A Union Pacific train in Rochelle, Illinois, the US. Picture: REUTERS/NICK CAREY
A Union Pacific train in Rochelle, Illinois, the US. Picture: REUTERS/NICK CAREY

New York — Results from two major US railroads are likely to attract more scrutiny than usual as investors look for signs of how deeply President Donald Trump’s multifront trade war is affecting freight companies and the wider economy.

Among those reporting as the second-quarter earnings season kicks off this week are Union Pacific on Thursday and Kansas City Southern on Friday, amid worries that new US import tariffs threatened by the Trump administration could also herald weakening demand for goods movers, including truckers, container companies and package carriers.

There is even talk of a “freight recession” and investors look to the transportation sector as a barometer of US economic health. The S&P 500, which crossed the 3,000 mark for the first time last week, has seesawed between record highs and selloffs in recent months on increasing US-China trade acrimony and concerns about a US economic slowdown.

“If these companies come out with reports that confirm people’s concerns about tariffs and inventory buildup, that won’t be good for the market,” said Chuck Carlson, CEO at Horizon Investment Services in Hammond, Indiana.

Falling volumes

Omaha, Nebraska-based Union Pacific operates a 51,500km rail network that includes the Los Angeles-Long Beach complex, a port responsible for most of the US-China cargo flow. Tariffs have already affected the company’s bottom line.

In the first quarter, overall freight volume fell, hurt by a 7% reduction in grain carloads driven by reduced exports to China.  In June, CEO Lance Fritz said the trade war is “a significant threat” to Union Pacific’s outlook.

Kansas City Southern is expected to report year-on-year earnings and revenue growth in the mid-single-digits, according to Refinitiv data. The company’s US-Mexico cross-border traffic contributes a large share of its revenue, and investors will be listening closely to the company’s guidance for any mention of the tariffs on Mexican imports threatened by Trump in late May.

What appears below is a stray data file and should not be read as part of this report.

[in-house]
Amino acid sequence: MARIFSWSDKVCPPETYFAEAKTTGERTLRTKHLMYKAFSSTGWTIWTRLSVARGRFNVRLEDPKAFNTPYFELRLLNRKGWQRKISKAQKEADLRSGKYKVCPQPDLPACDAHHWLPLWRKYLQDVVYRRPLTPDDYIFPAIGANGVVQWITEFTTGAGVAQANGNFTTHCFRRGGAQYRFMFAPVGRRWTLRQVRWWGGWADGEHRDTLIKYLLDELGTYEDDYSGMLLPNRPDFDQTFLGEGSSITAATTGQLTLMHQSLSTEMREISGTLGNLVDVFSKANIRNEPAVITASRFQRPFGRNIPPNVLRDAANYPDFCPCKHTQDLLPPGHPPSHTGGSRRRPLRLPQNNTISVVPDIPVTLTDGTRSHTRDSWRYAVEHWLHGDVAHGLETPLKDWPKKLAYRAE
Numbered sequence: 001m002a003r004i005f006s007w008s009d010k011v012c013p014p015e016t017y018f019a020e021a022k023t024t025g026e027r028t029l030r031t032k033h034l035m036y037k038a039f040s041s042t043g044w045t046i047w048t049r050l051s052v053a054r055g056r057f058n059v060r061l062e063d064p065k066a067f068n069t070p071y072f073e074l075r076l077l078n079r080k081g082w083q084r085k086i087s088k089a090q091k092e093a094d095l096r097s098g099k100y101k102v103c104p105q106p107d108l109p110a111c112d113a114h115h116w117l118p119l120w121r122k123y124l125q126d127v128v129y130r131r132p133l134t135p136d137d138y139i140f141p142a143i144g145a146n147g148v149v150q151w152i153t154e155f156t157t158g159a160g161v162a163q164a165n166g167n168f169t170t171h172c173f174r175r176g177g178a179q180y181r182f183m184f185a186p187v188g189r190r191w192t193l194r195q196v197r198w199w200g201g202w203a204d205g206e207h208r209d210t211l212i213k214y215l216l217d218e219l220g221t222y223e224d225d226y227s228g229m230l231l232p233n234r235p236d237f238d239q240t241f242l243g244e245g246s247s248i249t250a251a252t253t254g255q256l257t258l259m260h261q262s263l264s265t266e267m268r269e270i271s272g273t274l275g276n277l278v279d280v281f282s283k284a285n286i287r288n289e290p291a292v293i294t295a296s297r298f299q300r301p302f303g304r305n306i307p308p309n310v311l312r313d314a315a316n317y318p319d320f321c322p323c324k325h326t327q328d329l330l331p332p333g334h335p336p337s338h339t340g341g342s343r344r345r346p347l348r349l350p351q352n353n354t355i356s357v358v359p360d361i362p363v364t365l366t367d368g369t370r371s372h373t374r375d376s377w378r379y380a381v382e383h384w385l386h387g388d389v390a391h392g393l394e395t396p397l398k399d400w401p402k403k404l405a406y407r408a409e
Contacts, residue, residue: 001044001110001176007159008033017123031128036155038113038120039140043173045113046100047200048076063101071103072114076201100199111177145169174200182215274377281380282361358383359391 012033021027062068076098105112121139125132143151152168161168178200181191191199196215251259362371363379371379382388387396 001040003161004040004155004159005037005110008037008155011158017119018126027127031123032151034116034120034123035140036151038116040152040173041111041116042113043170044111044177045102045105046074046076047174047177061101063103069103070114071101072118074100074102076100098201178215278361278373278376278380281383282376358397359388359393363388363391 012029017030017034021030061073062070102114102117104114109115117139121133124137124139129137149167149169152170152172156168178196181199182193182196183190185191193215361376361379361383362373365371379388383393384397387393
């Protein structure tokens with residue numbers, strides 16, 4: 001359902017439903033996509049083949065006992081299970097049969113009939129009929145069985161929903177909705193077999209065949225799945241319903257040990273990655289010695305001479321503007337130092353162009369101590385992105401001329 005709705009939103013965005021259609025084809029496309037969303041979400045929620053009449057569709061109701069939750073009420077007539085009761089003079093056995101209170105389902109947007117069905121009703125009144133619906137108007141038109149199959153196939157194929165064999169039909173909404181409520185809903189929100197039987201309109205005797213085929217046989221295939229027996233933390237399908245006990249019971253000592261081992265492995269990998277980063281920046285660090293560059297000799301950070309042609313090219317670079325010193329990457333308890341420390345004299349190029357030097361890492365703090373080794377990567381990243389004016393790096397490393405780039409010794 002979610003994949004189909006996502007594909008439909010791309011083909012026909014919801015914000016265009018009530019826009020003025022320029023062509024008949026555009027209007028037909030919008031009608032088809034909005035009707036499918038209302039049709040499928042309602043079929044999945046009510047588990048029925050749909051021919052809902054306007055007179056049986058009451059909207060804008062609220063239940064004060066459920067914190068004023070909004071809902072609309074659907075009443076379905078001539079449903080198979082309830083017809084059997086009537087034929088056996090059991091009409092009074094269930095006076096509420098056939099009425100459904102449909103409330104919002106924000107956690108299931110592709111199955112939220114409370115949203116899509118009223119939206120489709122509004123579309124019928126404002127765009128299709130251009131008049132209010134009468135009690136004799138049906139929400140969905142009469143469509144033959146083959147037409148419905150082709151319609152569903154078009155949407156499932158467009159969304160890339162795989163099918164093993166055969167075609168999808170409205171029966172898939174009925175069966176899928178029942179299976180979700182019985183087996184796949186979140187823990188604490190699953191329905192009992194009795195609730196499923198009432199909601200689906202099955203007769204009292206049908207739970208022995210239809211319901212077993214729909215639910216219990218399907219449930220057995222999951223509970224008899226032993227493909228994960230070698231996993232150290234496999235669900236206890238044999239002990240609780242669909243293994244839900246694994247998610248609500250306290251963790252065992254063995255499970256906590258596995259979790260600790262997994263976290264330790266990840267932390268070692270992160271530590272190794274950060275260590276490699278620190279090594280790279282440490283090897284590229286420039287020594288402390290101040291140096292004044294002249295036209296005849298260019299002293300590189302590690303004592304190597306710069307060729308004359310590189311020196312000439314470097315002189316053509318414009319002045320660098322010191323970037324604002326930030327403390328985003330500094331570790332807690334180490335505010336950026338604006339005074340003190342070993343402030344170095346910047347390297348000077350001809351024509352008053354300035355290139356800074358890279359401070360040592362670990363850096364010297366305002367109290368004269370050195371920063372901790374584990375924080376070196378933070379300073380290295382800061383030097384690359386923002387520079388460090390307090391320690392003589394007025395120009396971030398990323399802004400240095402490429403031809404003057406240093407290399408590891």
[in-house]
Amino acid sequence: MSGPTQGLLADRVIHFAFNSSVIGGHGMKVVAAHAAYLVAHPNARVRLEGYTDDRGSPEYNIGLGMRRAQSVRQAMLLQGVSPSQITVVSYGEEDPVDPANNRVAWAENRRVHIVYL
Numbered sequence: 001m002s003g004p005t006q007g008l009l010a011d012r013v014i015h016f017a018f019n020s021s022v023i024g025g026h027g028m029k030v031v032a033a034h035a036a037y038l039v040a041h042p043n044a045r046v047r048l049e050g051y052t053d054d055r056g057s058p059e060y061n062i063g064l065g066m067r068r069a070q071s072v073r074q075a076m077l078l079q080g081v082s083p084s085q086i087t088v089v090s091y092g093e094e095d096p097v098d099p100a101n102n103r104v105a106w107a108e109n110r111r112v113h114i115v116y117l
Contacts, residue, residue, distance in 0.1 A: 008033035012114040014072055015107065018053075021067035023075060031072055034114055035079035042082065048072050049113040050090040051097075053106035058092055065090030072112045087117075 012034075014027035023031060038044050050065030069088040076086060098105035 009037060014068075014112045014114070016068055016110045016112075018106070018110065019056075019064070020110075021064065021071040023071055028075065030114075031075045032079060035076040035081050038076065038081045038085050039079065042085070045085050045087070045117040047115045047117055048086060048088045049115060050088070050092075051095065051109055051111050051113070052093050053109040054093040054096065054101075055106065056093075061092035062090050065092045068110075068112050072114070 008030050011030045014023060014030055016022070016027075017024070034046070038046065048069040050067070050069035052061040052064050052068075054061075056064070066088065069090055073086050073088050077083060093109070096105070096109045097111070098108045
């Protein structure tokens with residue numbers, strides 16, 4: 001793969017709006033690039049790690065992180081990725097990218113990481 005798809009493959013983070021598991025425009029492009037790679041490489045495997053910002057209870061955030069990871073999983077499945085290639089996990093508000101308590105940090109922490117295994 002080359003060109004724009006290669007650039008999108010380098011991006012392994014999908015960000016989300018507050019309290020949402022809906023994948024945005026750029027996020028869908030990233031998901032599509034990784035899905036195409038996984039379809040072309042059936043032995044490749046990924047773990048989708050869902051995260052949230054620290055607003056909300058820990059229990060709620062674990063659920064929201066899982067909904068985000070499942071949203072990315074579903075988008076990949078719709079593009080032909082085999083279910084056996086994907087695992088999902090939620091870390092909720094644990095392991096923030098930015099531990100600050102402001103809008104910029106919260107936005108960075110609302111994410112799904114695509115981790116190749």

Road and rail stocks have handily outperformed the broader market since Trump fired the trade war’s opening salvo in January 2018. But that could be attributable in part to companies beefing up their inventories, which have been steadily on the rise as companies “front load” imports to stay ahead of potential tariff-related price hikes.

Shipping container volumes jumped in late 2018 ahead of threatened tariffs, with container imports spiking 13% in both October and December, followed by a weak first quarter, according to data provided by ACT Research. This was followed by a weak first quarter, when container volume plummeted as businesses drew down their bloated inventories and freight demand softened.

“US freight volumes were down on both trucks and rails in the first half of 2019 — a freight recession,” said Tim Denoyer, vice- president of ACT Research in Columbus, Indiana.

The trend is well-illustrated by the Cass Shipments index, which shows year-on-year US freight volume has been on the decline since December. Falling freight demand has been particularly hard on truckers, who account for about 70% of US shipment tonnage.

The Dow Jones US Trucking index has underperformed the broader market in 2019, gaining 4.9% compared with the S&P 500’s 19.4% advance. ACT Research’s index of truck carrier volumes has been in contraction territory since February, and the latest data shows May volumes hitting the lowest level in nearly three years.

JB Hunt Transport Services, a trucking company due to report on Monday, is now seen posting second quarter earnings growth of 1.7%, down from the 15.2% jump analysts expected just six months ago when the inventory build-up was in full-swing.

Package deliverers have perhaps the most exposure to the tariff dispute because of the international scope of their operations. FedEx, a global economic bellwether that has beefed up its international capacity by 19% since 2016, according to a Bernstein analysis, is beginning to feel the trade war’s sting. On June 25, the company reported better-than-expected quarterly profit, but on its earnings call the company’s CFO Alan Graf warned “our fiscal 2020 performance is being negatively affected by continued weakness in global trade and industrial production”.

United Parcel Service, expected to report on July 24, is now seen posting earnings of $1.93 per share, down 0.5% from a year ago, and 5.4% lower than analysts expected in January.

“The key to this market is transportation stocks,” Carlson said. “The reports next week will provide a pretty nice window into how these companies are responding to tariffs.”